To answer the question simply: Im really not sure.
As I write this column, I’ve had just over 12 hours to digest the news of Ray Shero’s dismissal. Then listen to, read, and process all that the Pittsburgh sports media had to give us on the matter. And I’m still not quite sure that I understand it fully.
My guess is, not many of you are real sure about any of this either.
So let’s start with what we know: Ray Shero was relieved of his duties today by co-owners Mario Lemieux and Ron Burkle. Team President and CEO David Morehouse delivered the news to the gathered media.
In what was thought to be at first, an accidental omission by Morehouse to not also mention that head coach Dan Bylsma had been fired along with Shero, turned out to be a calculated move by ownership.
The Pittsburgh Tribune-Review’s Dejan Kovacevic was able to sit down with ownership (Lemieux & Burkle) and Morehouse after the press conference to ask anything he felt necessary, all on the record. I highly suggest that you click the above link and read his entire column.
Because without those questions and answers being published, we as Penguins’ fans would know next to nothing of the team’s plans moving forward.
Having read Kovacevic’s piece numerous times throughout the day, I’ve tried to make some sense of the answers provided by Penguins’ ownership, and how it pertains to yesterday’s actions.
So far as I can tell, ownership prefers to take a “systematic approach” to revamping the franchise’s front office and hockey operations department. Rather than completely gutting the organization’s executives, ownership seems to prefer that the new GM be able to come in and make all of the necessary decisions for himself.
Which includes retaining or firing Bylsma.
Okay I get that. Lemieux and Burkle seem to want to be assured that whoever the new GM is, he has as many options in terms of a head coach available to him as possible. That includes Bylsma.
When asked about the view that ownership retained Bylsma to prevent him from taking another job, specifically with a division rival such as the Washington Capitals or Carolina Hurricanes, Lemieux responded:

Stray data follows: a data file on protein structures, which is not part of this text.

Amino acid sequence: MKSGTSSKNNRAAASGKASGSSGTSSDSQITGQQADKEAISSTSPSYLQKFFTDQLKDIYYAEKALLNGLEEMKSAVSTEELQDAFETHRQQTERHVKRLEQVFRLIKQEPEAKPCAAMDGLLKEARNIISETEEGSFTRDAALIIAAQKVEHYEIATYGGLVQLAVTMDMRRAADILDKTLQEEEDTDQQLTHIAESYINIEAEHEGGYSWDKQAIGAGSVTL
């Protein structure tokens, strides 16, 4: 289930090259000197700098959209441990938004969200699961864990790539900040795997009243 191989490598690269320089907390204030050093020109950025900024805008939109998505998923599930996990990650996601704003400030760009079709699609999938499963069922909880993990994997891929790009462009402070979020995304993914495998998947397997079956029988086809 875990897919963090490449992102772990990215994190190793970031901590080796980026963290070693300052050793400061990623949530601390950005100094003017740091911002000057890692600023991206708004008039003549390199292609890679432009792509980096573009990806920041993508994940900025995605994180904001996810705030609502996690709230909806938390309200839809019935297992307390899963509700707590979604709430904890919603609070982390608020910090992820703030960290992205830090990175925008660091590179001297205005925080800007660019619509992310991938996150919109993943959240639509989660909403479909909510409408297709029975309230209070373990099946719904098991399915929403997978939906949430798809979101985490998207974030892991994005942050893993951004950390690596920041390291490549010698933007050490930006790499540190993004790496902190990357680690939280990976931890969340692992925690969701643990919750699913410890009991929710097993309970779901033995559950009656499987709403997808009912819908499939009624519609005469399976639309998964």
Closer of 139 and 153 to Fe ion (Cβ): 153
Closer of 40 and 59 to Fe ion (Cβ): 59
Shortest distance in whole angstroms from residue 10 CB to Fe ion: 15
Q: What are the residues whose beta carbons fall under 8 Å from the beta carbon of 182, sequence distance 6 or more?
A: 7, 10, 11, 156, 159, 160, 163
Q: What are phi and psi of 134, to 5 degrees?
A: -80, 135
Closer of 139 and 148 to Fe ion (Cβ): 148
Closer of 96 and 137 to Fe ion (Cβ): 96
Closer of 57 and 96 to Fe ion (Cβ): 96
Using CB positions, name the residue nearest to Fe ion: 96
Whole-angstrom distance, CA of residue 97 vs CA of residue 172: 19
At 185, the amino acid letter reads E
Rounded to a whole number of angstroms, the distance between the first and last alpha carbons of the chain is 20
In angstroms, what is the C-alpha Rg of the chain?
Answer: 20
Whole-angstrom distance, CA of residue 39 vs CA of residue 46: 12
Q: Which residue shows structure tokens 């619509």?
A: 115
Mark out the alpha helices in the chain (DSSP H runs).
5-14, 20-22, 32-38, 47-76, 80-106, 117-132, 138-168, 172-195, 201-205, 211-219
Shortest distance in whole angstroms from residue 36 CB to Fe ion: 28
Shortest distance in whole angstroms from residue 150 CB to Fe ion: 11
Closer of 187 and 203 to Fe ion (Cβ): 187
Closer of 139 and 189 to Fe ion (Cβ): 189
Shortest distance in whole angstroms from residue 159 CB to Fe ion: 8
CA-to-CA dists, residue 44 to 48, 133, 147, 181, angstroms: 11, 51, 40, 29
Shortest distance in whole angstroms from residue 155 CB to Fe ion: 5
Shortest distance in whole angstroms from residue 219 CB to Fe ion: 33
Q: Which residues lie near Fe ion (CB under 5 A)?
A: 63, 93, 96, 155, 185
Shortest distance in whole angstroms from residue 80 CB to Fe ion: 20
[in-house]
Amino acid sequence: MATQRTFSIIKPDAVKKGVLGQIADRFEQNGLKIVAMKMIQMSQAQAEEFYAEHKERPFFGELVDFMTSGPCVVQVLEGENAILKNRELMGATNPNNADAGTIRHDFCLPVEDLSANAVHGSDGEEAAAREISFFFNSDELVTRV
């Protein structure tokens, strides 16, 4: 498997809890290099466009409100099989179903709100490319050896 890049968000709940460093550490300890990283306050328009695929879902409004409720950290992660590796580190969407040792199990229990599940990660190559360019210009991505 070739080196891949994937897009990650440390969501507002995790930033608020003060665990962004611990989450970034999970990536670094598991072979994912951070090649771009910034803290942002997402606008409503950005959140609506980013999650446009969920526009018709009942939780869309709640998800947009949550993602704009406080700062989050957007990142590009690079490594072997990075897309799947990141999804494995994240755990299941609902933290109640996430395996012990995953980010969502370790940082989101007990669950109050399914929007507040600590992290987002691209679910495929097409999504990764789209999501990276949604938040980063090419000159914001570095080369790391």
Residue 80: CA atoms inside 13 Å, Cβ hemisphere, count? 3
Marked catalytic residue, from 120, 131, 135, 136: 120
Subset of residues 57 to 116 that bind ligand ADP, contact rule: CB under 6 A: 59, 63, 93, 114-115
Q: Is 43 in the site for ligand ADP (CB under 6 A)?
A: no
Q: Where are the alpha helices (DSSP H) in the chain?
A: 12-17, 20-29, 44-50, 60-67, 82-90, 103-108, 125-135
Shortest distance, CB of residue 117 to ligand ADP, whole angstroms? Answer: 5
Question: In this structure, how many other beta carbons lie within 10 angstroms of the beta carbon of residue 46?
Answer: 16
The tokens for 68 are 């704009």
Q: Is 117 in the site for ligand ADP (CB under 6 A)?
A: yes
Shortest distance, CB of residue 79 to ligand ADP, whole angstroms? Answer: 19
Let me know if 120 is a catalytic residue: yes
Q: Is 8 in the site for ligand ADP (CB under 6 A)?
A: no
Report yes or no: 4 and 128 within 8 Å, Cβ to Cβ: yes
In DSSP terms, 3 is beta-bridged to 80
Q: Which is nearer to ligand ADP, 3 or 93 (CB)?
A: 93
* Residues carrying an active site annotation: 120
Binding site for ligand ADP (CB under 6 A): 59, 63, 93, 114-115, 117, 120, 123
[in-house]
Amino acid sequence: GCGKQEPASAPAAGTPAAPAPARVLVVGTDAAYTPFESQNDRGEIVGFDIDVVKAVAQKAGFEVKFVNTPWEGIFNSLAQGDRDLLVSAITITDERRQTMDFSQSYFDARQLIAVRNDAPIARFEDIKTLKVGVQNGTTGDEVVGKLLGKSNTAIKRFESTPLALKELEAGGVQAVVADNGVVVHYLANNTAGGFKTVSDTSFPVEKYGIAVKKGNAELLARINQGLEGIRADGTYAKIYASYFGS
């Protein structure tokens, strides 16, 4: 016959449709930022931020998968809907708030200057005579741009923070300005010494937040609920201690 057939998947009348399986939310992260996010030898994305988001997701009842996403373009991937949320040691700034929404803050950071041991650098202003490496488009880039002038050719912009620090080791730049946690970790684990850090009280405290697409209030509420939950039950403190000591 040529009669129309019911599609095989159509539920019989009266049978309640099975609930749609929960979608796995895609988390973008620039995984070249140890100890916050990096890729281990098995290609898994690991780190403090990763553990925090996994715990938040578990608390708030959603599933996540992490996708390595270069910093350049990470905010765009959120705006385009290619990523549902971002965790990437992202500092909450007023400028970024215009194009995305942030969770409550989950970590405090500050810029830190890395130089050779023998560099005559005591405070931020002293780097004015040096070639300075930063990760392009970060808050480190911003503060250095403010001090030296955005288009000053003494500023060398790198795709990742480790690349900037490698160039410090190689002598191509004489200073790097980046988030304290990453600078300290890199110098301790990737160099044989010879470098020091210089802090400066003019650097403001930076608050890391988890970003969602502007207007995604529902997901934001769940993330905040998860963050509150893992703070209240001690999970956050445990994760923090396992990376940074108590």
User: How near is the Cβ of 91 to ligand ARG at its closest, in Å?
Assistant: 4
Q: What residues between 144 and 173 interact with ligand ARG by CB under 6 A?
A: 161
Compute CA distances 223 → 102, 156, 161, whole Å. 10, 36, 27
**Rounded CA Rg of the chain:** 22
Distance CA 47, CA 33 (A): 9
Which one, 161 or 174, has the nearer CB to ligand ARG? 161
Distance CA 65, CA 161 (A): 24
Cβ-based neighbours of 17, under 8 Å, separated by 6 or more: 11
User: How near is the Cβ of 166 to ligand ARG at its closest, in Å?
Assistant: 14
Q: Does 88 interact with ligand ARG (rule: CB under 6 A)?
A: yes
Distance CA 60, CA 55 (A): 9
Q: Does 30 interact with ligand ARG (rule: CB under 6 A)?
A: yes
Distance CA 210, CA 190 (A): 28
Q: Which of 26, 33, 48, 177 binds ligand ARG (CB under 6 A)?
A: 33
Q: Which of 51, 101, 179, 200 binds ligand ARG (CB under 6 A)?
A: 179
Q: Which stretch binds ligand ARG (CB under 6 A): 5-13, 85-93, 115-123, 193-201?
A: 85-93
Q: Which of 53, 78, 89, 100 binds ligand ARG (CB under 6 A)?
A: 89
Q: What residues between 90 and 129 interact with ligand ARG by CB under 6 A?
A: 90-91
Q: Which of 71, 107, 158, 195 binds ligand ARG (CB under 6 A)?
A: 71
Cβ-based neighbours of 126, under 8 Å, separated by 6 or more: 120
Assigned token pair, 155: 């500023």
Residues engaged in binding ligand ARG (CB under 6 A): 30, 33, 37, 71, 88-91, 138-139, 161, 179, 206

“No. If Dan was fired, he’d get a job tomorrow.”
Which is precisely why the question was asked. Lemieux made Kovacevic’s point for him. Byslma would most certainly end up with another job prior to the start of the Stanley Cup Final this year, which would be right around two weeks time from now.
So then, if its not malicious intent to keep Bylsma from taking a coaching position with a division foe, then why keep him around? The only logical conclusion to draw here is once again, ownership wants as many candidates in the running as possible for the new GM.
What can’t be ignored here is one of the things that Penguins’ beat reporter Rob Rossi mentioned in a piece published two days ago:
“Crosby and Malkin grew disenchanted with perceived harsh criticism they received from Bylsma during meetings, the sources said. They and other veteran players were unhappy with Bylsma’s numerous meetings and long practices and the decreasing sense of fun within the Penguins’ environment, the sources said.”
This news begs the question: if Crosby, Malkin, and other veteran players were unhappy with Bylsma, and he is somehow retained by new management, how on earth will the locker room react to this?
This is where it becomes increasingly difficult to back the decision to not let Bylsma go.
I’m not at all saying that I think he’ll be back behind the bench next season. I have all but no doubt that new management will want to bring in a new coach. “Their guy” as it were.
Unfortunately, the question once again has to be asked: “What if?”
The mantra for this team used to be “In Shero We Trust.”
With him now gone, at least for the foreseeable future the mantra MUST be “In Lemieux We Trust.”
Lets face it Penguins’ fans, he’s never let us down before.